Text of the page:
On Monday January 20, Americans from diverse backgrounds and communities will celebrate the life and vision of Dr. Martin Luther King, Jr. who fought for justice and dedicated his life to ending racism and all forms of discrimination, including transportation racism and environmental racism. In 1968, Dr. King was on an environmental justice mission for Memphis striking sanitation workers. He was cut down by an assassin's bullet before he could complete his mission. Today, we still must confront environmental injustice that threatens the lives of millions of African-Americans and other people of color who have the wrong complexion for protection. Yet, Dr. King's legacy lives on and the struggle for environmental justice continues.
This February 11, 2014 will mark the 20th anniversary of the historic Environmental Justice Executive Order 12898 signed by President Bill Clinton on February 11, 1994. In celebrating the momentous signing, several dozen environmental justice groups and coalitions from around the country are planning special commemoration events and activities on February 11th and throughout the year. They decided to use 2014 to highlight and celebrate their victories, take stock of where the Environmental Justice Movement is and where it is headed. In addition to the 1994 EJ Executive Order, 2004 also has special significance for racial justice and civil rights, including the 60th anniversary of the landmark Board vs. Board of Education U.S. Supreme Court decision (May 17, 1954) and the 50th anniversary of the Civil Rights Act of 1964 signed by President Lyndon B. Johnson on July 2, 1964.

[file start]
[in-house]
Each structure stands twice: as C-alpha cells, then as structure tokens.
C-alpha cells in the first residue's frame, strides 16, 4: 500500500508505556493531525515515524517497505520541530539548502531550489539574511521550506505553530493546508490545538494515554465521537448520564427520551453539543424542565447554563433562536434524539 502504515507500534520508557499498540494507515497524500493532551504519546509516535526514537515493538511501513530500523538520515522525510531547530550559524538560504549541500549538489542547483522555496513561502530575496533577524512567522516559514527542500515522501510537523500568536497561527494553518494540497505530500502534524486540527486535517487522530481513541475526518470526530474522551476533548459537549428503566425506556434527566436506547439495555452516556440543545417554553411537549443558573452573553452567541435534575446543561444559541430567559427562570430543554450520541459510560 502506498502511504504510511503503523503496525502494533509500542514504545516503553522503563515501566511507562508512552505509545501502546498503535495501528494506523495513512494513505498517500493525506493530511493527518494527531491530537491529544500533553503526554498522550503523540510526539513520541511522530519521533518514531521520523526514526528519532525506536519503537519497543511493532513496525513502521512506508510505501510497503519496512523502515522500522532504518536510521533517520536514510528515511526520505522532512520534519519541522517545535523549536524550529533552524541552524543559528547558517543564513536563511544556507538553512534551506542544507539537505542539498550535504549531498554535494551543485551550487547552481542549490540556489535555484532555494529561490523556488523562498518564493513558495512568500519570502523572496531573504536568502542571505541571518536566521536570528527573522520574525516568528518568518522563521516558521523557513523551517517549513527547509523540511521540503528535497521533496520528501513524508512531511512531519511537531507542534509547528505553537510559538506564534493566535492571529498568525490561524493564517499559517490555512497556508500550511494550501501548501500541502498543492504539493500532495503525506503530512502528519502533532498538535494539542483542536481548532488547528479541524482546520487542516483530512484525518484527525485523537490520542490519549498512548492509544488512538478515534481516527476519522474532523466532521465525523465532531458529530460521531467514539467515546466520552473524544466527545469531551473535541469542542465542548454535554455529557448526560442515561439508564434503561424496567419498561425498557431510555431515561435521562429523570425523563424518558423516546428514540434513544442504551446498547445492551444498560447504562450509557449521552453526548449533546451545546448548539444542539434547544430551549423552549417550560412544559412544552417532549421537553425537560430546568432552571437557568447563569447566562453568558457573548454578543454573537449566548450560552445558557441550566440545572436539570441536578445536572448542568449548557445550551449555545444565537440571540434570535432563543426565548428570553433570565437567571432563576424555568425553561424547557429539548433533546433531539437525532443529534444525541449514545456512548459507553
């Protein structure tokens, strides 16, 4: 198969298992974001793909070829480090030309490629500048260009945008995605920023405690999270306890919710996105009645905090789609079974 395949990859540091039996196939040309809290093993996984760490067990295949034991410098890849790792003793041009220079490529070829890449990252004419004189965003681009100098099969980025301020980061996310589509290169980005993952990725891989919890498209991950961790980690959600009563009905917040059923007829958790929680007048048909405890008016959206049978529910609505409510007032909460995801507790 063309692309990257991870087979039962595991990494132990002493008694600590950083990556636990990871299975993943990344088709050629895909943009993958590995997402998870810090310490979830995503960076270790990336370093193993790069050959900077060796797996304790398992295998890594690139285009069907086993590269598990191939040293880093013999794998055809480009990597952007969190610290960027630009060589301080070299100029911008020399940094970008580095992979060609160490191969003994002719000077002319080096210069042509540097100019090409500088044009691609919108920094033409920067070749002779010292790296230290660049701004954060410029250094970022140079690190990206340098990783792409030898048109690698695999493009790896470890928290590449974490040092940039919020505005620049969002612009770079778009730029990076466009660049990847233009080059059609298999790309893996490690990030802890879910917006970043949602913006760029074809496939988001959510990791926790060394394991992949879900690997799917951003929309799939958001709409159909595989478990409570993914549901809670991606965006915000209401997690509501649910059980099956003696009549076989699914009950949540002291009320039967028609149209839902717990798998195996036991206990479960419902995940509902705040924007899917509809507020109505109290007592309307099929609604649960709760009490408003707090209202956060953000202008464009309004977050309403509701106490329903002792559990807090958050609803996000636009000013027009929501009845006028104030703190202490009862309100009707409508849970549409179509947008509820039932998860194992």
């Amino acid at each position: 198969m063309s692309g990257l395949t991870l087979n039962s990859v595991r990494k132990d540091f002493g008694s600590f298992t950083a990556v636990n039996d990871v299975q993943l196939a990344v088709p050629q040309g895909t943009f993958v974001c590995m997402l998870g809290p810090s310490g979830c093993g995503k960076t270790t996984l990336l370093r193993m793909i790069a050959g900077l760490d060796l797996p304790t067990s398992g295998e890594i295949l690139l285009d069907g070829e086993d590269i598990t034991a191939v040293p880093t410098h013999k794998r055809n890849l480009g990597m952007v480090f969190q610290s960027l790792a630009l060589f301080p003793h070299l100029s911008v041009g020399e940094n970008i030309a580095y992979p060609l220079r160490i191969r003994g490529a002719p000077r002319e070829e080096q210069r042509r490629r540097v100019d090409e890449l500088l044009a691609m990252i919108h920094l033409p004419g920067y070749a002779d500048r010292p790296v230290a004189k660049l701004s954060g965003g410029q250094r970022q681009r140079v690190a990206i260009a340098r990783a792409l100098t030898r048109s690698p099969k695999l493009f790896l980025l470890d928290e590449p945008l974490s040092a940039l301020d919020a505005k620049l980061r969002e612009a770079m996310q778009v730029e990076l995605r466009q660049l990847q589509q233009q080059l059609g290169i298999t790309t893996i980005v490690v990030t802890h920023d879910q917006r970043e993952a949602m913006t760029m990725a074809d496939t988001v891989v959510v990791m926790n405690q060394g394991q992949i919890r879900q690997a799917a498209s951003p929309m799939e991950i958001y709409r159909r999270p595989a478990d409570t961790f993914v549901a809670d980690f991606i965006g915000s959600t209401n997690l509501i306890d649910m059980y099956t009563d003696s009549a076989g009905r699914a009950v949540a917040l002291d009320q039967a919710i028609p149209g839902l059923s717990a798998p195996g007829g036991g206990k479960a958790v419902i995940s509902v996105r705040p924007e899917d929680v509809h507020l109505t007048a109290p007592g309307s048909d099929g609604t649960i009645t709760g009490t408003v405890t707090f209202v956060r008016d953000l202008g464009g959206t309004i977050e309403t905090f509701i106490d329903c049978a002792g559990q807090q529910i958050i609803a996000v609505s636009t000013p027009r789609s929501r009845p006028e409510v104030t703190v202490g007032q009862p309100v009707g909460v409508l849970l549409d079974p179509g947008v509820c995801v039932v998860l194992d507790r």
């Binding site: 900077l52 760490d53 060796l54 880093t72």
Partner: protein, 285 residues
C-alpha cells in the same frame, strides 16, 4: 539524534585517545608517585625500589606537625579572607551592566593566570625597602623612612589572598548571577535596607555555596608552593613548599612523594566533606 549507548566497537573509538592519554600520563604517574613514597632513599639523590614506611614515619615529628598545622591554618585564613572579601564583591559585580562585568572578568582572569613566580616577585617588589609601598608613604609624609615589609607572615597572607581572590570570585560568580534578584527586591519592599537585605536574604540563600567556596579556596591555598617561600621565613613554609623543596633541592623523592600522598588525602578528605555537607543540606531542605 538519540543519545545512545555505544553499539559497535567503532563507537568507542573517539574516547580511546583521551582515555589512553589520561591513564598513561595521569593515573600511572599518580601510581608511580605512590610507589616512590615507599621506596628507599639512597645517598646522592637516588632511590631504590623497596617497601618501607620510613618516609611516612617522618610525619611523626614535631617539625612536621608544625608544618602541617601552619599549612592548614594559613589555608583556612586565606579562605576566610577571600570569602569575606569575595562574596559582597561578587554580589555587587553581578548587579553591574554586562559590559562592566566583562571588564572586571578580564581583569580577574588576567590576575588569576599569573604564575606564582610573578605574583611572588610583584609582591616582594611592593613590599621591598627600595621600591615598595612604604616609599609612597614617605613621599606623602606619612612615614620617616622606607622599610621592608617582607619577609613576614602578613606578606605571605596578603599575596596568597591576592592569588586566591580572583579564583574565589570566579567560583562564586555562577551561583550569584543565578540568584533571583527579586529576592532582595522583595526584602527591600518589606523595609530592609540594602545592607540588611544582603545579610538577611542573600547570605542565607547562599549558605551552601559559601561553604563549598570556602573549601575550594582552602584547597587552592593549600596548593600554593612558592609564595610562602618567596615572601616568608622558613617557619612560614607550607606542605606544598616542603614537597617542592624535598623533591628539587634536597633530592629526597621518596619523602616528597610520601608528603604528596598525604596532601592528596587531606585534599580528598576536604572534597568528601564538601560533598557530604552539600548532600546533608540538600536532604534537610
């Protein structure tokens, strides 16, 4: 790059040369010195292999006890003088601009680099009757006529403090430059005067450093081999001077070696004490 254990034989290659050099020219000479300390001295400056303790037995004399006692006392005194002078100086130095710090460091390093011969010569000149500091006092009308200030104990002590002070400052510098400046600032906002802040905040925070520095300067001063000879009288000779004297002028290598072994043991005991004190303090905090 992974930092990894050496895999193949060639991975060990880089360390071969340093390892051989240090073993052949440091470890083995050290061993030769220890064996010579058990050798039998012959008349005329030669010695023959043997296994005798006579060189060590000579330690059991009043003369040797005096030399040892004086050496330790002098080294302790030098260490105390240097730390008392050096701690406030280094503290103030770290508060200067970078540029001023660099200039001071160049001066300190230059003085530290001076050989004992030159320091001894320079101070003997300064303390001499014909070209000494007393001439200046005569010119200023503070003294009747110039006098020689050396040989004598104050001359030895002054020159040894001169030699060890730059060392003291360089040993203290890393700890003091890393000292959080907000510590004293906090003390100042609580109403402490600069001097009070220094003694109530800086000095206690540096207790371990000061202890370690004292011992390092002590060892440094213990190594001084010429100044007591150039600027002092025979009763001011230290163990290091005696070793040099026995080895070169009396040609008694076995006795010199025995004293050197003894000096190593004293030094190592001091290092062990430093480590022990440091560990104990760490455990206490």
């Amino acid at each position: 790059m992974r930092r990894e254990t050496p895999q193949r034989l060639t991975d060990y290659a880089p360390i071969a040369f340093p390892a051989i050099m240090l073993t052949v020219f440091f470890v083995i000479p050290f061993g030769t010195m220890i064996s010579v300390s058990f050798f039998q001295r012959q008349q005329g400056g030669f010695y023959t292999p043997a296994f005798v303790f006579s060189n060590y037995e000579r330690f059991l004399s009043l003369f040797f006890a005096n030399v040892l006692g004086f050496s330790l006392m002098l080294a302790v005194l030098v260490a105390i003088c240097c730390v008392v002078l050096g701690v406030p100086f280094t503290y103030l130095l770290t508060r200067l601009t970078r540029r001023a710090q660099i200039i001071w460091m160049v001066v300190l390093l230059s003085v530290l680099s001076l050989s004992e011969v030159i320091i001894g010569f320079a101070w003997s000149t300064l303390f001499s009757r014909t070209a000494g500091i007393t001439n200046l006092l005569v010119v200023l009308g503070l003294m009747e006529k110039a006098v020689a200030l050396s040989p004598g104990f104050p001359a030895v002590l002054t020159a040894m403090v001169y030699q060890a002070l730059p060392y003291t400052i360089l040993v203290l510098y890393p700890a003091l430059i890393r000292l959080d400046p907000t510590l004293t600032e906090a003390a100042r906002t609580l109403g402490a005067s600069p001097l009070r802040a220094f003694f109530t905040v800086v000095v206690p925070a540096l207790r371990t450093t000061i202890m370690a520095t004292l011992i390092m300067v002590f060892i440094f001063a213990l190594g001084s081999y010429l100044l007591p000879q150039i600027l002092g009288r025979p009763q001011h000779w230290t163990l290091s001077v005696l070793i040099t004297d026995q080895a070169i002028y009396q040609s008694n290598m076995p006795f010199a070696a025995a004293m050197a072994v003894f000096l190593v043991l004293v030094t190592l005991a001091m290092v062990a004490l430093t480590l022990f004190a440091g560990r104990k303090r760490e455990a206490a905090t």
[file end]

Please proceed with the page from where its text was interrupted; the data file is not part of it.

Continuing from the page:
The coalition members will use these historical anniversaries in 2004 to sharpen their environmental, economic, health, and racial justice message with the ultimate goal of getting their priority issues back on the national policy agenda; strengthen environmental justice infrastructure for movement-building in cross-cutting issues; sharpen environmental justice issues, focus and priorities to better facilitate funding of the movement going forward; support cross-disciplinary, multi-sector collaboratives and partnerships, and intergenerational leadership development and training; and enhance and modernize communication, messaging, and information sharing (clear, concise and coherent). In addition, they will be using a number of ethnic heritage months to lift up their environmental justice message, including Black History Month (February), Asian Pacific American Heritage Month (May), National Hispanic Heritage Month (September 15 -- October 15), National American Indian Heritage Month (November). They will also plan a more robust EJ-focused Earth Month (April).
No doubt there will be a lot of energy and attention devoted to these anniversaries and events. Many of the coalition leaders represent communities located on the fenceline with polluting industries and on the front-line of health-threatening chemical assault. Community leaders want to make sure their voices are heard and messages crafted in a way that garner appeal across the intergenerational divide and create momentum for national movement-building. Their mantra, "2014 is the Year of Justice."